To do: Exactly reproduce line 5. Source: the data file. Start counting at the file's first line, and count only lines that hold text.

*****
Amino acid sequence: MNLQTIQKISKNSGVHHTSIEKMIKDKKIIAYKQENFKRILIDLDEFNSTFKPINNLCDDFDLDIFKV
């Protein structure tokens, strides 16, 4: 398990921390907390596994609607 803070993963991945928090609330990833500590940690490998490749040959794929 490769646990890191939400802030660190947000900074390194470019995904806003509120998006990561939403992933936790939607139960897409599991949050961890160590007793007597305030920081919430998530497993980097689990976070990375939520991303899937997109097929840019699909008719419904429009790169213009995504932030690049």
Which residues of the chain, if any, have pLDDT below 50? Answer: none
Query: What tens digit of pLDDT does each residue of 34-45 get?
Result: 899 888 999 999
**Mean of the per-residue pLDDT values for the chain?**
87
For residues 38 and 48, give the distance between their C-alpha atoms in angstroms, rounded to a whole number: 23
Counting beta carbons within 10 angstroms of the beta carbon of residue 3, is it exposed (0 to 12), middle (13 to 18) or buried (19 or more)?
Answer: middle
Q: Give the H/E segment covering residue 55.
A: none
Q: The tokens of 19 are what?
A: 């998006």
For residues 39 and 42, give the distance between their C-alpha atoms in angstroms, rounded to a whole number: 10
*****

Result: 899 888 999 999